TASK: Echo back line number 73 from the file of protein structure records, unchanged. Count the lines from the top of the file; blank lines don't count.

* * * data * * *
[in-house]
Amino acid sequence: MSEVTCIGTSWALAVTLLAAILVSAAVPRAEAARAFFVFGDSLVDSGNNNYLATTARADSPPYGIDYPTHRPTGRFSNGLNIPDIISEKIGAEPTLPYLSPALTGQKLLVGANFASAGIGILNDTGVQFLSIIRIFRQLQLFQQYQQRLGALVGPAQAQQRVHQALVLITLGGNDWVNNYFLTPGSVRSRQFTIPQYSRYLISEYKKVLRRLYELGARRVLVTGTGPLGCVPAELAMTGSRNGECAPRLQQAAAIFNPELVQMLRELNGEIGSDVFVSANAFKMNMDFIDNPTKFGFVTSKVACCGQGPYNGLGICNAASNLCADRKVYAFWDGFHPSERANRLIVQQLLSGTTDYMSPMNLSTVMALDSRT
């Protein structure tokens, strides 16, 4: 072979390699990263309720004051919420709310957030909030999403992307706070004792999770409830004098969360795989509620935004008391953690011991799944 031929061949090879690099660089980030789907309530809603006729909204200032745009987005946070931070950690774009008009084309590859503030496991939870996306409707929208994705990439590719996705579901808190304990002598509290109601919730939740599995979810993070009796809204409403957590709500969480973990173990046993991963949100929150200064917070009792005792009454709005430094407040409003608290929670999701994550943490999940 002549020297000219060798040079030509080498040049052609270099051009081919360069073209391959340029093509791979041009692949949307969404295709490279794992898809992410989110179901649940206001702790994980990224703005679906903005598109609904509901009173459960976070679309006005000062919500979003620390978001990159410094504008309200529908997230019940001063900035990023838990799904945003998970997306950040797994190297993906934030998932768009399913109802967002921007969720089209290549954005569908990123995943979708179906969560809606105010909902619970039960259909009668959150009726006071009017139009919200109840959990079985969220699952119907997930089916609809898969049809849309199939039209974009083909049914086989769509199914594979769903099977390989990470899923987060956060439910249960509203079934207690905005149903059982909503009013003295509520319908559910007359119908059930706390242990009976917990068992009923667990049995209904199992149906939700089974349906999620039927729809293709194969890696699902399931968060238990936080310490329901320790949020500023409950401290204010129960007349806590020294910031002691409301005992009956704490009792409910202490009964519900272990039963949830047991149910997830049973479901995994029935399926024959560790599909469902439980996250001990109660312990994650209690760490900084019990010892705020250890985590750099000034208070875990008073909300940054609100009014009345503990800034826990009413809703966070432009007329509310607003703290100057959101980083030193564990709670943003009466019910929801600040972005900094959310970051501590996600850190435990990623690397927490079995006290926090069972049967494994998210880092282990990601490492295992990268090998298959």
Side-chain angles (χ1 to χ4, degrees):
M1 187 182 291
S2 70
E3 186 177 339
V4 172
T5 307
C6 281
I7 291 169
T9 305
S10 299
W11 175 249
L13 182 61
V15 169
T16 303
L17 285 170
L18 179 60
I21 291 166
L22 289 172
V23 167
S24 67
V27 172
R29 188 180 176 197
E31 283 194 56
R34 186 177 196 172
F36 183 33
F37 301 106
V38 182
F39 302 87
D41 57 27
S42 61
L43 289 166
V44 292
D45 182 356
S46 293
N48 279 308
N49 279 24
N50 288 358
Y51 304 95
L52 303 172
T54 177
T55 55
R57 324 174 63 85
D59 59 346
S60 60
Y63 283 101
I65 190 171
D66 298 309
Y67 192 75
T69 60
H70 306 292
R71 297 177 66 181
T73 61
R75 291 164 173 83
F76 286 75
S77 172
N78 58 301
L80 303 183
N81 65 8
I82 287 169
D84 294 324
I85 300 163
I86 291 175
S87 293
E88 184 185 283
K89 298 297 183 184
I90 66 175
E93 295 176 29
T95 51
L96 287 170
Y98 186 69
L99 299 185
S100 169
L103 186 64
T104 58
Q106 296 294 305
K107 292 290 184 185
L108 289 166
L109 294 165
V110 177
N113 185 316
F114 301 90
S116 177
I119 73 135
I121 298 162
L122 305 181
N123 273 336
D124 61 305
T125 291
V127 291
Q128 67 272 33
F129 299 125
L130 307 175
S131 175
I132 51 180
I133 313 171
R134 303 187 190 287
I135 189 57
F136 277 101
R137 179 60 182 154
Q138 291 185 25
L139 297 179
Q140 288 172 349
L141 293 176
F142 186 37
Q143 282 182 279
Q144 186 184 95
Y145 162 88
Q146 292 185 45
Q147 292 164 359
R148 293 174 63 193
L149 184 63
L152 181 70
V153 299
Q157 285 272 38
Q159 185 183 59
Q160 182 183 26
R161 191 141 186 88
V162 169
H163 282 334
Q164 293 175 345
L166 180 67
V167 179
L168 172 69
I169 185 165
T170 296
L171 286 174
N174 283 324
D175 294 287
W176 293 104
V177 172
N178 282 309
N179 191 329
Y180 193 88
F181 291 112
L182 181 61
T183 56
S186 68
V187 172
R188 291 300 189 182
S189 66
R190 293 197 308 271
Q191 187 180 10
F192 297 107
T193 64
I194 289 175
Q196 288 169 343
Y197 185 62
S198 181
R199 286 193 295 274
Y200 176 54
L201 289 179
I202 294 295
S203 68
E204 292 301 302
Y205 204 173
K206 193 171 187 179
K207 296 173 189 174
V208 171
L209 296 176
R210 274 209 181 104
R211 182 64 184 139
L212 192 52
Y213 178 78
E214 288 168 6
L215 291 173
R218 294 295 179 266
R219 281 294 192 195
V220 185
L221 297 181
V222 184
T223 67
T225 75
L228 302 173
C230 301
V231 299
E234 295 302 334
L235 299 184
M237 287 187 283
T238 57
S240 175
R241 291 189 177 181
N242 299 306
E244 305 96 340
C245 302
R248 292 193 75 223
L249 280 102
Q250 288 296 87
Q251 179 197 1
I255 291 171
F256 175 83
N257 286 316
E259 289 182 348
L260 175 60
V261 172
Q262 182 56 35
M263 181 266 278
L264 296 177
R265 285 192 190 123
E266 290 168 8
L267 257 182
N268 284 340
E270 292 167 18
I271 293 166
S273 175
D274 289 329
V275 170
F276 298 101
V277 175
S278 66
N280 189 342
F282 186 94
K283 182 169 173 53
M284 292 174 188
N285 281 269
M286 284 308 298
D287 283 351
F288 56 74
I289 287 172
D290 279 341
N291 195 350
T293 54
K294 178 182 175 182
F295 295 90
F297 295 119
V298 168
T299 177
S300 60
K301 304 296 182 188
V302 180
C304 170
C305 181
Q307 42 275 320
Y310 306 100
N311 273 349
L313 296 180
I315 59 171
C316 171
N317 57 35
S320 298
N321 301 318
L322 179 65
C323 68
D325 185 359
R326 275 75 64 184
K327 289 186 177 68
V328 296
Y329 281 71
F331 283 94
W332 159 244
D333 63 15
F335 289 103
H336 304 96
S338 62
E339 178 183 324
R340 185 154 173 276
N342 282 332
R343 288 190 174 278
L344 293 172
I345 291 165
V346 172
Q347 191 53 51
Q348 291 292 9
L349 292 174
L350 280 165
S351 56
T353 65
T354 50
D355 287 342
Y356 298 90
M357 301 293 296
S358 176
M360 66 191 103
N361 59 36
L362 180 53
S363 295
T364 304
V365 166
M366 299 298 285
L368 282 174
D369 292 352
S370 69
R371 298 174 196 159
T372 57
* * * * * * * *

Y98 186 69